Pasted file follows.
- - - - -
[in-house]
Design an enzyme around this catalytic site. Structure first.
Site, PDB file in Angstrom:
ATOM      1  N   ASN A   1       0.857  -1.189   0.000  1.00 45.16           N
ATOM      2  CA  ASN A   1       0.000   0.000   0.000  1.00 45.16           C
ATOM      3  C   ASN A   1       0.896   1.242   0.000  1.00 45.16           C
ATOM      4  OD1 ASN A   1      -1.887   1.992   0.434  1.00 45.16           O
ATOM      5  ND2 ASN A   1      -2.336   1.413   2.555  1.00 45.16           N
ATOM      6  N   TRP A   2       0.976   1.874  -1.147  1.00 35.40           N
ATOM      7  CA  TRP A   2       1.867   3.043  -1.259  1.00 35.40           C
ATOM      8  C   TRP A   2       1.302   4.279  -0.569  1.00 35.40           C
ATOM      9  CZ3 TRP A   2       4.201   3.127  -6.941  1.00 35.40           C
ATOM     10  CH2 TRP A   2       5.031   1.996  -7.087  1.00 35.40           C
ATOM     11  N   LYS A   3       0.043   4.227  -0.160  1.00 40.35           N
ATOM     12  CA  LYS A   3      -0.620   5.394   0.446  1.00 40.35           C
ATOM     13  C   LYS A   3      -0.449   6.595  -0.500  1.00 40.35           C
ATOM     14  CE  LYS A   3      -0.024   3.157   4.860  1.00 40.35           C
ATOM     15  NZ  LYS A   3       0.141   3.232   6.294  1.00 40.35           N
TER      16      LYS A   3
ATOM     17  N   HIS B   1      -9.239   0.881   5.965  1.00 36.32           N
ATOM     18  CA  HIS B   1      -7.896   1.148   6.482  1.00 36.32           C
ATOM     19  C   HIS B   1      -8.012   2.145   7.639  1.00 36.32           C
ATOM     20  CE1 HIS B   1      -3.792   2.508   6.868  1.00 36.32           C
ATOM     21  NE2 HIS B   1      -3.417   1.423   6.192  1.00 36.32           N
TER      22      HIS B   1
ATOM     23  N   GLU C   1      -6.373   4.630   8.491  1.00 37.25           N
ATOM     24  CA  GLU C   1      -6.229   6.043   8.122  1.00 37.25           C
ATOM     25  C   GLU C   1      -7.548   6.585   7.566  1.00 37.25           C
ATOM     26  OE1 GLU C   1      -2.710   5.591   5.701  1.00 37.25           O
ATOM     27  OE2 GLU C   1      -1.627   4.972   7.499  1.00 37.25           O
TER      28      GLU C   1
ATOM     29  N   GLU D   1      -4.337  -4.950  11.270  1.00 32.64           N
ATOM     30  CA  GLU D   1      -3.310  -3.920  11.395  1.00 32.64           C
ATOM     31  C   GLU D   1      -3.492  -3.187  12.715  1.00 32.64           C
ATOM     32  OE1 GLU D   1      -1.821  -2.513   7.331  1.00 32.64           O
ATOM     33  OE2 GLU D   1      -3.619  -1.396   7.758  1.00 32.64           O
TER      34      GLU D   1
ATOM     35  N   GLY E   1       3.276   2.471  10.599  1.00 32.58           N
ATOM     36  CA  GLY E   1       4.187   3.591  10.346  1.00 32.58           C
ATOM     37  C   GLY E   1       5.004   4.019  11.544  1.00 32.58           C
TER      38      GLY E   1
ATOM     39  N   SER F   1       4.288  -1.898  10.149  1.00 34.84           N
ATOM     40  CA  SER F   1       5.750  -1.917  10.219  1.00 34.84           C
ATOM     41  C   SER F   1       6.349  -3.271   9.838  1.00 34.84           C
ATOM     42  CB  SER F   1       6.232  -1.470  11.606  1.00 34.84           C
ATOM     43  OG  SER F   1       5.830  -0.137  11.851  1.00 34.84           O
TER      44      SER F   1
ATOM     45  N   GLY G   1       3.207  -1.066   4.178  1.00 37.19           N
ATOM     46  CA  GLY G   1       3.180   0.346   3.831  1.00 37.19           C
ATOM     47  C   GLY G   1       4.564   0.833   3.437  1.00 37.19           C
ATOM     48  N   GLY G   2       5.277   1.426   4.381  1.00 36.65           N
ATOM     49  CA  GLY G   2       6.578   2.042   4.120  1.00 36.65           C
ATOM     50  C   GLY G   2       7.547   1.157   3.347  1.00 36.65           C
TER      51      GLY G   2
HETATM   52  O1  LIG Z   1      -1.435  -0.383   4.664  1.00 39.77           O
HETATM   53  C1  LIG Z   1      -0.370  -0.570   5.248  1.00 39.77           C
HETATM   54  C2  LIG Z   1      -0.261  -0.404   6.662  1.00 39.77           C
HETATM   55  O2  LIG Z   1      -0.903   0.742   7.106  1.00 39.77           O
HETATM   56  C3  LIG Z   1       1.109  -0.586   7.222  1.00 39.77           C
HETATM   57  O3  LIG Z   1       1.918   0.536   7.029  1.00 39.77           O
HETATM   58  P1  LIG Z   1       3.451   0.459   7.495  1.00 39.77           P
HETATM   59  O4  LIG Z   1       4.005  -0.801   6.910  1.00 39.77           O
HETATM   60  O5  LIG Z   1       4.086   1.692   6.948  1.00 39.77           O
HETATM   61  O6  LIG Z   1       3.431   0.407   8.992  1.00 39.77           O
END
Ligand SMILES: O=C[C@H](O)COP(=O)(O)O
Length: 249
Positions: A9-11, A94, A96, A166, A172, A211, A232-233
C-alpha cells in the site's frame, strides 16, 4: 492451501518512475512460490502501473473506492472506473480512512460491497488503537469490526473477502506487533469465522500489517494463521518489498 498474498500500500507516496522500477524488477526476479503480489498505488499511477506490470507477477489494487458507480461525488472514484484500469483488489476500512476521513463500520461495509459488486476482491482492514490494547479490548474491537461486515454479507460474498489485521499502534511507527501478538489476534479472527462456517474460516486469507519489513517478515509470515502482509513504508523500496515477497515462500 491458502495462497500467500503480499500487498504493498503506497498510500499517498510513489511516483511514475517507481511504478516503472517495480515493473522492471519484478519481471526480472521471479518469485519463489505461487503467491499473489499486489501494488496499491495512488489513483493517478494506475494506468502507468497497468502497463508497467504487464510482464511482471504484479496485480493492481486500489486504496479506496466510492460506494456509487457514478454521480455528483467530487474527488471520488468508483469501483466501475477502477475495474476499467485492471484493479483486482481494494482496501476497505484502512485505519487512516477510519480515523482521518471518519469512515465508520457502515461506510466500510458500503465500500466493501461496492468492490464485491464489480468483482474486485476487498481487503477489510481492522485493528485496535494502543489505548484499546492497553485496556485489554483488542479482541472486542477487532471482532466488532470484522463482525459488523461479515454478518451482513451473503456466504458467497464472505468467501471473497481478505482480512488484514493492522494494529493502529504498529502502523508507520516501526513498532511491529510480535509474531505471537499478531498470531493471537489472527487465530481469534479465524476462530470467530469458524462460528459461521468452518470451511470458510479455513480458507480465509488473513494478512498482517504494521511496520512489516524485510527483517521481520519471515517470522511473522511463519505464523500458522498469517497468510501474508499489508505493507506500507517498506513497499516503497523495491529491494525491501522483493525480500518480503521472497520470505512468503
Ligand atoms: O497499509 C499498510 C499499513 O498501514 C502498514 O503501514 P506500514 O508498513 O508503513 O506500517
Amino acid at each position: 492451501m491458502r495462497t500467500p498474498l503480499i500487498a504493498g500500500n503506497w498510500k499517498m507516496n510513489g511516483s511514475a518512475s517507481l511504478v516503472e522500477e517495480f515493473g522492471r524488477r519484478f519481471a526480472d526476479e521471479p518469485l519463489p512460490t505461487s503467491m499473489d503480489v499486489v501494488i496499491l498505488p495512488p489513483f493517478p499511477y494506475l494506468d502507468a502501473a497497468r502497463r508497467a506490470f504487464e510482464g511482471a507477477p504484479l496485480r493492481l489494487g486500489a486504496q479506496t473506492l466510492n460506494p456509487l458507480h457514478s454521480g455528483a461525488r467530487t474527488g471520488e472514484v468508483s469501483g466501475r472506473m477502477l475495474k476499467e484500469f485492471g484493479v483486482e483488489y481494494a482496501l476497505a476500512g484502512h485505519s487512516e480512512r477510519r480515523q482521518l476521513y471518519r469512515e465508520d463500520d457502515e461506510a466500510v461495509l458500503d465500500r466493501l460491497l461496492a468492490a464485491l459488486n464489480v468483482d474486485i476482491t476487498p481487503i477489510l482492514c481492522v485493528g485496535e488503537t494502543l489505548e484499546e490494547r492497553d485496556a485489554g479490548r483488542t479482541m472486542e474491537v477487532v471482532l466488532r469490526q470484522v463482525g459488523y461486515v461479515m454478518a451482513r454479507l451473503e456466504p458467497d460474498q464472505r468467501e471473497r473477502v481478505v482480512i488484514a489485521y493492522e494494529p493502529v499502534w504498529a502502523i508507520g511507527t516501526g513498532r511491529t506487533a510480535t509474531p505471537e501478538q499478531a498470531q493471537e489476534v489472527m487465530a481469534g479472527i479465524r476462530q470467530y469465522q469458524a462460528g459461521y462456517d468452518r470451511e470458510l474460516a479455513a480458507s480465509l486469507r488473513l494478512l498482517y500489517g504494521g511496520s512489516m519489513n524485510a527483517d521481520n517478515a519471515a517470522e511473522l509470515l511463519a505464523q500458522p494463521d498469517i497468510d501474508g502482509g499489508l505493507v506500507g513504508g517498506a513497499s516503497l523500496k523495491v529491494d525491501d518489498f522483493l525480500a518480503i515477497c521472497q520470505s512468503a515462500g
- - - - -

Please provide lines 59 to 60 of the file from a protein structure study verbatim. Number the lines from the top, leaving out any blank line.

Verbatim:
HETATM   56  C3  LIG Z   1       1.109  -0.586   7.222  1.00 39.77           C
HETATM   57  O3  LIG Z   1       1.918   0.536   7.029  1.00 39.77           O